It is estimated that around half a billion animals have been scorched to death in bushfires raging across Australia, including penned livestock. But 11,000 calves which managed to survive were loaded onto a livestock ship and transported to Israel last month under what critics describe as inhuman conditions. They are now being fattened for eventual slaughter, a controversial practice that has drawn the ire of activists.
The calves spent two and a half weeks at sea before arriving in Eilat at the end of December 2019. From there, they were transported by truck 20 minutes to a quarantine area.
Several thousand more calves were unloaded at neighboring Aqaba in Jordan.
After eight days in quarantine, the animals were taken for four to eight months of fattening, after which they will be slaughtered.
Yaron Lapidot, the founder and director of Israel Against Live Shipments, was in Eilat for their arrival.
“We saw calves with damaged eyes, full of discharge, probably indicating blindness,” he told The Times of Israel’s Hebrew-language sister site, Zman Israel earlier this week. “The discharge and the blindness are caused by the crowded conditions and the ammonia [from urine] that they absorb during the ship’s journey, during which each one has around one square meter of space. They wallow in the feces that flood the enclosures during the voyage.”
Video footage taken during the delivery of the calves makes harrowing viewing.
A record-breaking 691,327 live lambs and calves were transported to Israel for fattening and slaughter last year, the Israeli animal rights group Animals reported earlier this month.
A large percentage of the male calves that come from Europe are taken from their mothers in the dairy industry and, surplus to requirements, sold for a few dozen shekels each.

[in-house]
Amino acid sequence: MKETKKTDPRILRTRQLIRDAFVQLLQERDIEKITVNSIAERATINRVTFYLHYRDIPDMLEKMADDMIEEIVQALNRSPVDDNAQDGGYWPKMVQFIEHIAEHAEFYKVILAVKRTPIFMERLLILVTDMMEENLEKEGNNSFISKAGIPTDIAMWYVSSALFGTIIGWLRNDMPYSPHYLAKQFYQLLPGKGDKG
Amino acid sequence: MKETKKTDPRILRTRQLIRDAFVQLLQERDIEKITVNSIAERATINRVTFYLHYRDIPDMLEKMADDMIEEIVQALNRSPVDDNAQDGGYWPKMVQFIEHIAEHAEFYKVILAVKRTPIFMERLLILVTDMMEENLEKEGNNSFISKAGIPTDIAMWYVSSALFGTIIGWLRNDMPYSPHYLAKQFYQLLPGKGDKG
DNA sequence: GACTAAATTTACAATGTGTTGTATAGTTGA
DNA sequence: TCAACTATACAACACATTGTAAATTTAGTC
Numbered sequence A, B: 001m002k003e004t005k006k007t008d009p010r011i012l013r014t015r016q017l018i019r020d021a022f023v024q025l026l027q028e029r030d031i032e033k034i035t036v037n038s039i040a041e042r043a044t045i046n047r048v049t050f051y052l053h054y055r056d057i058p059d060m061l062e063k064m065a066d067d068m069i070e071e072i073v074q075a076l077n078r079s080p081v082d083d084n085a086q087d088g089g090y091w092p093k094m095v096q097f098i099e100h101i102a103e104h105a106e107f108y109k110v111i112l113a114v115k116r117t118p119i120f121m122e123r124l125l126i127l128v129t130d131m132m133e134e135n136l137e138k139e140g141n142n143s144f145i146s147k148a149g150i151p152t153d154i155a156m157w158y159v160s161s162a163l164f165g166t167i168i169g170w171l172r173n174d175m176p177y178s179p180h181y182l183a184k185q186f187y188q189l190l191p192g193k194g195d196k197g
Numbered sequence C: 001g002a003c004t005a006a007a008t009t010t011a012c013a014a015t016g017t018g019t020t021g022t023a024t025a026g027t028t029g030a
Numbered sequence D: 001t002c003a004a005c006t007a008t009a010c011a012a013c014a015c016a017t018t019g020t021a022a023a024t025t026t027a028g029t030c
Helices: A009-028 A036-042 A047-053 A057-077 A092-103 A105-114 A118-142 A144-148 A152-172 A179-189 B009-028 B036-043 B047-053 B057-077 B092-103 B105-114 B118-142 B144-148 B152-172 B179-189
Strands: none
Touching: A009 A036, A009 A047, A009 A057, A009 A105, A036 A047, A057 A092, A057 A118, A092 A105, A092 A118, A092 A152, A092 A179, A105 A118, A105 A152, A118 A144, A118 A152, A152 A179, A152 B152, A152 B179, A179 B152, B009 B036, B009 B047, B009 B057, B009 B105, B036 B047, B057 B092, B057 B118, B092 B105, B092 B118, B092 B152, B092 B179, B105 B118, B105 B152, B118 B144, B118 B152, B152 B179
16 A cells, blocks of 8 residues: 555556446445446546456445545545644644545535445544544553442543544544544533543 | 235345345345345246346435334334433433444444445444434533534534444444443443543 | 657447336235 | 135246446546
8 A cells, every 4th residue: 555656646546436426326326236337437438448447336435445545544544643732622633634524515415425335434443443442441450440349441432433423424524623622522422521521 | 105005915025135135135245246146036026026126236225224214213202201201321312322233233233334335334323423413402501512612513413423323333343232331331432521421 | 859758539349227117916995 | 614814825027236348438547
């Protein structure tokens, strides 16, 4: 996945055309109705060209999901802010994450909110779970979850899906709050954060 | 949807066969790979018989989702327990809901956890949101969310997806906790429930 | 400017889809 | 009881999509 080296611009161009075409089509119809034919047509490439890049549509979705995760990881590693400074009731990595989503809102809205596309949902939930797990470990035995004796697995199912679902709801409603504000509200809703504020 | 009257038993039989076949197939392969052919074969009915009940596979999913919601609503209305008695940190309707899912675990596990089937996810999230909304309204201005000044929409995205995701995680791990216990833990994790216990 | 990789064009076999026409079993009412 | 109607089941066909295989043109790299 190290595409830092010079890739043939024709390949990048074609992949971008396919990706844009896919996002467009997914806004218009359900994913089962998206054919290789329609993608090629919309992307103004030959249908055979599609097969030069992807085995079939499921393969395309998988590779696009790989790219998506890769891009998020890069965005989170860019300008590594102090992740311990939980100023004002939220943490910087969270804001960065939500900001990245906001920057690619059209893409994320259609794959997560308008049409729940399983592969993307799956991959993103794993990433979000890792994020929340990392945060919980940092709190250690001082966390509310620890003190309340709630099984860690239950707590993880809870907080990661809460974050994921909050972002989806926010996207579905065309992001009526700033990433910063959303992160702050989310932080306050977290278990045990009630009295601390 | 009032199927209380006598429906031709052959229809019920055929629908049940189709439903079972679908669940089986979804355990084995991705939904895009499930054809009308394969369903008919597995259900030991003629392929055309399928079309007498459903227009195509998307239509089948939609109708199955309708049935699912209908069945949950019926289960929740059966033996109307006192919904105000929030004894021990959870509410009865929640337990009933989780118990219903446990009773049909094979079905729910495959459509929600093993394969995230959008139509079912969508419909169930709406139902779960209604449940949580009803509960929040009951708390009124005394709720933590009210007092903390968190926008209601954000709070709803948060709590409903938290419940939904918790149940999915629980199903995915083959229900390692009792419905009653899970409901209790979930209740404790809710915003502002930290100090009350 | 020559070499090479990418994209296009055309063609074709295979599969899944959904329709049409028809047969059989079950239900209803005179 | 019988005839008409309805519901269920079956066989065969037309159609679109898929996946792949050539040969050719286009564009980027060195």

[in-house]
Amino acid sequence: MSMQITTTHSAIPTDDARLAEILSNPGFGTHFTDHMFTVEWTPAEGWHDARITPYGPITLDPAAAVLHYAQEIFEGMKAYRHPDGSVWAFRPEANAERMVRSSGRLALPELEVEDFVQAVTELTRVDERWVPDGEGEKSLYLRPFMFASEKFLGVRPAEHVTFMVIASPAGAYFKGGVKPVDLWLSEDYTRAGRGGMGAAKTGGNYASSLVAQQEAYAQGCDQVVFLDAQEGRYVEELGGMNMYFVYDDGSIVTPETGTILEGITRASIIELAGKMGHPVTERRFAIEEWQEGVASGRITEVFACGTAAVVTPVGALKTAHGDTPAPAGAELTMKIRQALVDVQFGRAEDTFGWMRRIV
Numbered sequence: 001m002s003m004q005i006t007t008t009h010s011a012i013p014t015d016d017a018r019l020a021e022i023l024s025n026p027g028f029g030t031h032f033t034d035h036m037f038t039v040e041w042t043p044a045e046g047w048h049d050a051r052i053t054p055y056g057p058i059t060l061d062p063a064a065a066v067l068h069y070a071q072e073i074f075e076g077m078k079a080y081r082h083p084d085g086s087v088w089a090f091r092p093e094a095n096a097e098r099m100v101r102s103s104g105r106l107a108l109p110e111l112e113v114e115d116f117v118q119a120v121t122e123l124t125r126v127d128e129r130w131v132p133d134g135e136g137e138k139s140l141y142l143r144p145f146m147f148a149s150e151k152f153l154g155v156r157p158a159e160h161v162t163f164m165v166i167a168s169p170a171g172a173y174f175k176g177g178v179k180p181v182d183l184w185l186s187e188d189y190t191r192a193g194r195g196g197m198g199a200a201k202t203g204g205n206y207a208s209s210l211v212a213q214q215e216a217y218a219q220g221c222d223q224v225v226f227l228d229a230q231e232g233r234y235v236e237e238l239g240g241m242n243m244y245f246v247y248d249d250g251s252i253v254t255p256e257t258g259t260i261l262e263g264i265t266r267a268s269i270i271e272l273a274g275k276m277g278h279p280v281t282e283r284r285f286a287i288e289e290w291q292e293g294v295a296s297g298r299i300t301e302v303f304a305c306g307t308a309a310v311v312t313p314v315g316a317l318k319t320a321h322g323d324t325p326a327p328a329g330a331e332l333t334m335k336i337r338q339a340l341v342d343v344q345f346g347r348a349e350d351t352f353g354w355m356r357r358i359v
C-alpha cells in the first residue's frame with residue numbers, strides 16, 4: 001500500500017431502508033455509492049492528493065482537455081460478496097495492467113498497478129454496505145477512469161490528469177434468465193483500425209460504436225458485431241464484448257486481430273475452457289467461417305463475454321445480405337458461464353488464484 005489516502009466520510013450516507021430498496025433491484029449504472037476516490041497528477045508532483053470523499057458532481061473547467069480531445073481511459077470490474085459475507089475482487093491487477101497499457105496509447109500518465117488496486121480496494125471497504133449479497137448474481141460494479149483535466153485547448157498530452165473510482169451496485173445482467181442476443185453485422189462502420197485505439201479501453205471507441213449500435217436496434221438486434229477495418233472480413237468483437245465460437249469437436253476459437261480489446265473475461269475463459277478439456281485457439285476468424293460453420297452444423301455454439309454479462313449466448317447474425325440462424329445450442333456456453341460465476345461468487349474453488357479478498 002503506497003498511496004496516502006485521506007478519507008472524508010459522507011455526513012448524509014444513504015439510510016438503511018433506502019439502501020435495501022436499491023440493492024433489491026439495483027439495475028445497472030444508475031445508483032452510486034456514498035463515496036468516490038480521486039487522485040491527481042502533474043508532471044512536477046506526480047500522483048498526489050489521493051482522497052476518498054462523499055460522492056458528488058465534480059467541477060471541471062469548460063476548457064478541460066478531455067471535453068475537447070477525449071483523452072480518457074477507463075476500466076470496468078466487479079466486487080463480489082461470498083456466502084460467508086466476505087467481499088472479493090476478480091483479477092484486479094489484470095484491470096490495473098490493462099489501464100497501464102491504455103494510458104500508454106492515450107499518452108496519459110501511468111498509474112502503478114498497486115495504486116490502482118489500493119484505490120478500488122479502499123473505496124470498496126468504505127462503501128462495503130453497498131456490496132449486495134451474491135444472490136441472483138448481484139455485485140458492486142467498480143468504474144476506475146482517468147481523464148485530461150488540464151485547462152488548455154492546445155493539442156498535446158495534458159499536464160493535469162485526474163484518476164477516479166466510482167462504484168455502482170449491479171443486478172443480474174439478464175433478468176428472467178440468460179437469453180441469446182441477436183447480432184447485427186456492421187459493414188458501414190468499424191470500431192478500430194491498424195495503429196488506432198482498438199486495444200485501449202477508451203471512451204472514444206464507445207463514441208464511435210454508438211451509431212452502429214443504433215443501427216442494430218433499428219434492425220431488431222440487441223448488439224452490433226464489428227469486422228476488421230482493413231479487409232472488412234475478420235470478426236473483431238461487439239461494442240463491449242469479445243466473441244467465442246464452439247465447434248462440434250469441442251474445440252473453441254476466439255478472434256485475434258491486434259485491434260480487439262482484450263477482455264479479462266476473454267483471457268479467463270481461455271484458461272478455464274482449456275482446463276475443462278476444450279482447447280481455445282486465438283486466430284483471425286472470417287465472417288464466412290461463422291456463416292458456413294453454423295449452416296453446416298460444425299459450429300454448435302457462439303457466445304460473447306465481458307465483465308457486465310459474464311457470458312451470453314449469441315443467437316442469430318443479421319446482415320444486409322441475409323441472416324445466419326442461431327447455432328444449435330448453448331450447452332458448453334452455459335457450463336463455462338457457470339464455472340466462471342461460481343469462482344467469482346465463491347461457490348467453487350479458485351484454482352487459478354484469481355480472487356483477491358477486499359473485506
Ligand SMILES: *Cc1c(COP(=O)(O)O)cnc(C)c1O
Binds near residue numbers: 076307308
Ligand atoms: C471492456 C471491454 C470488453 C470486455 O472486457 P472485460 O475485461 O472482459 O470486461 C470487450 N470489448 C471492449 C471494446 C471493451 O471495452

This means that Israeli dairy farmers have to sell their own male calves to the slaughterhouses at rock bottom prices, and are understood to pass on their losses by charging more for milk.
Local diary farmers are now supporting a High Court of Justice petition submitted by animals rights groups to stop the live imports.
In late 2018, the Knesset green-lighted a bill in its preliminary reading to stop the live transports from Australia and Europe.
The proposed legislation sought to gradually reduce livestock numbers being imported into Israel and to stop them completely within three years, moving entirely to the import of chilled meat. (The Agriculture Ministry wants the halt spread over ten years).
Since December 2018, however, the bill has not advanced because there has been no functioning government. Elections held in April and September last year were inconclusive and with no party able to form a coalition, a third national ballot has been set for March.
Two companies control 80 percent of Israel’s livestock imports — Dabah and Tnuva (under the Adom Adom label). Other, smaller companies include De-Levie.
In an attempt to head off legislation once a government is installed, De-Levie and Dabah have, respectively, taken on the services of two of the biggest Knesset lobbying firms, Goren-Amir and Gilad Lobbying, according to The Hottest place in Hell news site. Tnuva has been represented for years by the lobbying company, Policy.
Israel Against Live Shipments is, meanwhile, running its own crowdfunding campaign to enable it to hire a lobbyist and legal team to try to ensure that the shipments are finally halted by law.